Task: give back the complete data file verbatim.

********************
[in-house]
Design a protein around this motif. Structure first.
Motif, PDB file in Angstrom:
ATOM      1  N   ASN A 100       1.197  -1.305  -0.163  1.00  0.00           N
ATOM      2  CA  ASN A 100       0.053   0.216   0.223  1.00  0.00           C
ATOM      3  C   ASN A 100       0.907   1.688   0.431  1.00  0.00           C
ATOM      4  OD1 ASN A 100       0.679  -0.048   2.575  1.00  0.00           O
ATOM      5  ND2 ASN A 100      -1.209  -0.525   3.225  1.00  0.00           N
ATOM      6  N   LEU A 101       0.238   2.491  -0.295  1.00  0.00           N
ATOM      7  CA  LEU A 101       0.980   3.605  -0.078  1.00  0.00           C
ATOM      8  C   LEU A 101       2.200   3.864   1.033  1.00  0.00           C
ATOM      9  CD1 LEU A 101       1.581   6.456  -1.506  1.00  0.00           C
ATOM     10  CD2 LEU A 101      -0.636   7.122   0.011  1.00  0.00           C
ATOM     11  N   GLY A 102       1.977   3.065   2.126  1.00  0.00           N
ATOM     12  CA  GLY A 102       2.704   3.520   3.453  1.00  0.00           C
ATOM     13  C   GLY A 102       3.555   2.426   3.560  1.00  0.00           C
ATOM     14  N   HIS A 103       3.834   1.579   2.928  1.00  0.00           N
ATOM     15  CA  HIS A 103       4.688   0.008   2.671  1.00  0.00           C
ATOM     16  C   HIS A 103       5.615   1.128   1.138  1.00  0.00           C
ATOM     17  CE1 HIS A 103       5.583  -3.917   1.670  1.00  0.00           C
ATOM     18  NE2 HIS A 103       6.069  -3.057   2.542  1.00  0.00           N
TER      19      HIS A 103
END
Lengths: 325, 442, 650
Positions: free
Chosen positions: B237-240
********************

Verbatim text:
[in-house]
Design a protein around this motif. Structure first.
Motif, PDB file in Angstrom:
ATOM      1  N   ASN A 100       1.197  -1.305  -0.163  1.00  0.00           N
ATOM      2  CA  ASN A 100       0.053   0.216   0.223  1.00  0.00           C
ATOM      3  C   ASN A 100       0.907   1.688   0.431  1.00  0.00           C
ATOM      4  OD1 ASN A 100       0.679  -0.048   2.575  1.00  0.00           O
ATOM      5  ND2 ASN A 100      -1.209  -0.525   3.225  1.00  0.00           N
ATOM      6  N   LEU A 101       0.238   2.491  -0.295  1.00  0.00           N
ATOM      7  CA  LEU A 101       0.980   3.605  -0.078  1.00  0.00           C
ATOM      8  C   LEU A 101       2.200   3.864   1.033  1.00  0.00           C
ATOM      9  CD1 LEU A 101       1.581   6.456  -1.506  1.00  0.00           C
ATOM     10  CD2 LEU A 101      -0.636   7.122   0.011  1.00  0.00           C
ATOM     11  N   GLY A 102       1.977   3.065   2.126  1.00  0.00           N
ATOM     12  CA  GLY A 102       2.704   3.520   3.453  1.00  0.00           C
ATOM     13  C   GLY A 102       3.555   2.426   3.560  1.00  0.00           C
ATOM     14  N   HIS A 103       3.834   1.579   2.928  1.00  0.00           N
ATOM     15  CA  HIS A 103       4.688   0.008   2.671  1.00  0.00           C
ATOM     16  C   HIS A 103       5.615   1.128   1.138  1.00  0.00           C
ATOM     17  CE1 HIS A 103       5.583  -3.917   1.670  1.00  0.00           C
ATOM     18  NE2 HIS A 103       6.069  -3.057   2.542  1.00  0.00           N
TER      19      HIS A 103
END
Lengths: 325, 442, 650
Positions: free
Chosen positions: B237-240